India views its relationship with neighbour Bangladesh as being trouble-free in a neighbourhood beset with multiple problems. It is even said the two countries are enjoying a "golden chapter" in ties.
But that close relationship appears to have hit some turbulence, with Bangladesh Foreign Minister A. K. Abdul Momen and Home Minister Asaduzzaman Khan cancelling separate visits to India at the last moment. These came just a day after India's passage of the controversial Citizenship Amendment Bill that provides citizenship to persecuted Bangladeshi immigrants, among others.
The legislation, which became law yesterday with presidential assent, provides citizenship to illegal immigrants belonging to the Hindu, Sikh, Buddhist, Jain, Parsis and Christian faiths - but not Muslims - from Pakistan, Bangladesh and Afghanistan.
In Parliament, India's Home Minister Amit Shah had highlighted how the government was forced to bring in such a law to protect persecuted minorities in the three countries, including Bangladesh.
Mr Momen, who was to attend two conferences hosted by the Ministry of External affairs in a three-day visit starting on Thursday, had criticised the legislation. He said it "weakens India's historic character as a secular nation", even as he rejected assertions that the minorities faced religious persecution in Bangladesh.
Muslims form an 89 per cent majority in Bangladesh, which also has people of other faiths including a large population of Hindus, numbering around 17 million, according to government statistics.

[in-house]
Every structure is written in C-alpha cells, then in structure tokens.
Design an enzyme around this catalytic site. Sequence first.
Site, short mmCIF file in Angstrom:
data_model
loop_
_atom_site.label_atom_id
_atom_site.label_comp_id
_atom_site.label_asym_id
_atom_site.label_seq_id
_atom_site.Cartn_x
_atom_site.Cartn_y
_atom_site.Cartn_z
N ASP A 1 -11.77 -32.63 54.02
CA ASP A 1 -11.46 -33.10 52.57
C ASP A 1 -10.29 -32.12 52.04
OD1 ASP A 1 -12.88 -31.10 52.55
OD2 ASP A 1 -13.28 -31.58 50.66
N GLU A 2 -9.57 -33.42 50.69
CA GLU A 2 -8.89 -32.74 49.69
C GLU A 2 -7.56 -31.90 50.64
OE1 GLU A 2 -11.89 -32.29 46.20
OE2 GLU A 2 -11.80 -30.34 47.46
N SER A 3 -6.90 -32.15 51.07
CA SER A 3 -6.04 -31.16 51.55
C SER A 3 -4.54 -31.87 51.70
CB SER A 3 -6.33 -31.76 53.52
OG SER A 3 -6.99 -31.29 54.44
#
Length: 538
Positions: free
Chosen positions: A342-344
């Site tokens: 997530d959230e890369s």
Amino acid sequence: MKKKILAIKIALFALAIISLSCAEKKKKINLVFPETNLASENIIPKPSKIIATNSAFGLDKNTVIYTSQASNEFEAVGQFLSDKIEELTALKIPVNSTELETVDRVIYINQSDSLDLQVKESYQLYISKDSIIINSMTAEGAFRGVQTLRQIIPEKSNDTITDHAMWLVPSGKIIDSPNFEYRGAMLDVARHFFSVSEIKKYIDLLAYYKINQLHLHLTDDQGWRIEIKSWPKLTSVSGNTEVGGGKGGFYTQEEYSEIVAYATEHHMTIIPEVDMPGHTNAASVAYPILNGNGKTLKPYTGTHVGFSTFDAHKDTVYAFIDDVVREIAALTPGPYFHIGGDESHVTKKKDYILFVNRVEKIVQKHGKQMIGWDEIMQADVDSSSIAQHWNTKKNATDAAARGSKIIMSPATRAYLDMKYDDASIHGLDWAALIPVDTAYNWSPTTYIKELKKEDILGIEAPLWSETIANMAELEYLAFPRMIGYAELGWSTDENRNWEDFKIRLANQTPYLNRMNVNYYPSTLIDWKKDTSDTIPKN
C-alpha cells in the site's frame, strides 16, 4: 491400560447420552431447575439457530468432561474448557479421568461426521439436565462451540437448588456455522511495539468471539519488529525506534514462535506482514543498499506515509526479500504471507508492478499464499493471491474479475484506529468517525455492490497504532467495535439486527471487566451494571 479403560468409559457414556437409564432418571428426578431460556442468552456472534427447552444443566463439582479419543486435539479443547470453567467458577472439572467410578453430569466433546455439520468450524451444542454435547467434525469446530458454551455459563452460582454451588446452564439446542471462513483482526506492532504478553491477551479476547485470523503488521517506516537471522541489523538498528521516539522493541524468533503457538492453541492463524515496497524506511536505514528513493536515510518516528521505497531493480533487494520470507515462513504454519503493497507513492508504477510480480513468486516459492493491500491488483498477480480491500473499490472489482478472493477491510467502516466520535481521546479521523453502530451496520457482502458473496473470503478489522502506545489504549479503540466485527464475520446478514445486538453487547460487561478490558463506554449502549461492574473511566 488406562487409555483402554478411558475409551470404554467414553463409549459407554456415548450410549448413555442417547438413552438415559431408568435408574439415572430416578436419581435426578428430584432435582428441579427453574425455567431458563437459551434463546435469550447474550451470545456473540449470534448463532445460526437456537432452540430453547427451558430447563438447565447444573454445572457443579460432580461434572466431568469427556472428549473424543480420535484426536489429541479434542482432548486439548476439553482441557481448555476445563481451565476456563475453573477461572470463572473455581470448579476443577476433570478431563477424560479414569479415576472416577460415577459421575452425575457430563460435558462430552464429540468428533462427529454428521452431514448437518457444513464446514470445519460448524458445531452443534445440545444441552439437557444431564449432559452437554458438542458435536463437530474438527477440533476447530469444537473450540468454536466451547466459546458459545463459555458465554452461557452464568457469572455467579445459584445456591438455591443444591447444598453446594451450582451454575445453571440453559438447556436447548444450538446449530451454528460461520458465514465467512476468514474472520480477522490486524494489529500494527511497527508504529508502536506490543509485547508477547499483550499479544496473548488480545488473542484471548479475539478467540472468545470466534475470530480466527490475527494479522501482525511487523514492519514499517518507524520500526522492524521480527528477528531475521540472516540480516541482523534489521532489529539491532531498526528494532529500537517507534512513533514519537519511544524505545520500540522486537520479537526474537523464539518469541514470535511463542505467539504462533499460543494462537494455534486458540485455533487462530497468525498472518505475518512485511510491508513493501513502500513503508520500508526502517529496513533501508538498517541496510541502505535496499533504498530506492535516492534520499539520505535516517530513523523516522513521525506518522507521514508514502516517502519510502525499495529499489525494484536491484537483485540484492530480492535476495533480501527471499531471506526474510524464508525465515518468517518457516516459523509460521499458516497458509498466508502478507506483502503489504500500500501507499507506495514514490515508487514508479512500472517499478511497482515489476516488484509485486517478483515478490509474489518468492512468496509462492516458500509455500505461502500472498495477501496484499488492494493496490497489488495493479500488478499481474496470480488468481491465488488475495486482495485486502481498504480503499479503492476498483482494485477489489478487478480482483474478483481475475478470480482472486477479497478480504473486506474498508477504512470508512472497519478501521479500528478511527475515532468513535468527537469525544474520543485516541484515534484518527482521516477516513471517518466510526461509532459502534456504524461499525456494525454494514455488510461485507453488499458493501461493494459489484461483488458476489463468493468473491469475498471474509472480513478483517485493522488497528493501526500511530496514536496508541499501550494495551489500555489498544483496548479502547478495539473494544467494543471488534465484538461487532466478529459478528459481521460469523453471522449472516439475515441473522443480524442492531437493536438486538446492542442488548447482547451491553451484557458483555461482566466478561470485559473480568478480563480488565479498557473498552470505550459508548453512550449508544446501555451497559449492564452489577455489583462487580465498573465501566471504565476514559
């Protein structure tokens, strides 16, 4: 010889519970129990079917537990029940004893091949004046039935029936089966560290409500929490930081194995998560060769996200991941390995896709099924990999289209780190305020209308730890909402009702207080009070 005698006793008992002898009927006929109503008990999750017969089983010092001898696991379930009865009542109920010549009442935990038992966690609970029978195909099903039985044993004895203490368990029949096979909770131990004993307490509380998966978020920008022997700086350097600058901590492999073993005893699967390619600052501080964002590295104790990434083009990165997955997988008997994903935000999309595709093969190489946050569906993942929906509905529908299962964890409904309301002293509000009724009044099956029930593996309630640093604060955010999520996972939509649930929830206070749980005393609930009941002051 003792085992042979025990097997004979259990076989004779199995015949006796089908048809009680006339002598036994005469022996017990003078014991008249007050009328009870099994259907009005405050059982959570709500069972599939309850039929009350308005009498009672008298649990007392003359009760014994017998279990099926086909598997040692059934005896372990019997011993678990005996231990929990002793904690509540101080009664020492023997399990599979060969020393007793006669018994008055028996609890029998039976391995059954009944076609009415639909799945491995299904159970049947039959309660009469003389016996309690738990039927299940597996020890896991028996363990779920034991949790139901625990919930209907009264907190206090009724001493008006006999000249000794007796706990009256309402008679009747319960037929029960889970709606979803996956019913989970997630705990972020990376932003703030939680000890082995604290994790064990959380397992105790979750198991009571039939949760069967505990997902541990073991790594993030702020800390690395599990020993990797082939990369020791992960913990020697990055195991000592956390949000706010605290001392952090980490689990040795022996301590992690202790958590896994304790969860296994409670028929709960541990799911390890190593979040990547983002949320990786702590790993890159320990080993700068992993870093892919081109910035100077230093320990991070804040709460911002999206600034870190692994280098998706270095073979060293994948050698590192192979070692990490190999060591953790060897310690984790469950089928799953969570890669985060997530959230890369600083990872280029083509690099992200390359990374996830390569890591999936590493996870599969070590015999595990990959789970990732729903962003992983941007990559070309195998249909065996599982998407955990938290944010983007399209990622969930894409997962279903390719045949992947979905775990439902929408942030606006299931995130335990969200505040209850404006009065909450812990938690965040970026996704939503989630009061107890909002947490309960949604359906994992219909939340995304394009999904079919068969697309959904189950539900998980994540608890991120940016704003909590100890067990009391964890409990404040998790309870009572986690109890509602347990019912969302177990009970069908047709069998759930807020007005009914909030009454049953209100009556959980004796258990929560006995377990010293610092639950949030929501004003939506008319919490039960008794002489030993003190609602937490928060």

Mr Momen, according to the Bangladesh government, had opted to attend government functions marking Martyred Intellectuals Day and Victory Day, key historic events that led toBangladesh's independence in 1971.
Mr Khan had cancelled a visit to the state of Meghalaya in north-eastern India, where violent protests have broken out, particularly in Assam, against naturalisation of illegal immigrants of any faith.
New Delhi swiftly went into damage-control mode, saying the cancellation of the visits should not be linked to the immigration law.
"Any speculation that this development is connected with legislation adopted by Parliament yesterday regarding the Citizenship Amendment Bill is unwarranted," said Ministry of External Affairs spokesman Raveesh Kumar on Thursday.
He also highlighted that Mr Shah had told Parliament that Bangladesh Prime Minister Sheikh Hasina had taken care of "religious minorities" and that India was making arrangements for the naturalisation of persecuted migrants from before her time as prime minister.
New Delhi and Dhaka enjoy close ties, particularly under the leadership of Ms Hasina, who has been in power since 2009.
Ms Hasina, who studied in India and has many friends there, has pushed for stronger bilateral relations in spite of intense domestic opposition amid anti-India sentiments. She has also helped to contain insurgents based in Bangladesh who carry out attacks in India's north-east.
Analysts said India needed to clear the air with Bangladesh to prevent any diplomatic fallout.
Former foreign secretary Lalit Mansingh said Bangladeshis may be more affected by remarks made during the passage of the Bill than the Bill itself.
He said: "We are actually in the best phase of relations with Bangladesh since 1971 and when we compare our troubled relations with most of our neighbours, this is one of the shining examples of good neighbourliness.
"The government should have made an extra effort to make Bangladesh understand. There is always turmoil in Bangladesh and it doesn't help India if (Ms Hasina) takes recourse to anti-India rhetoric to retain her popularity."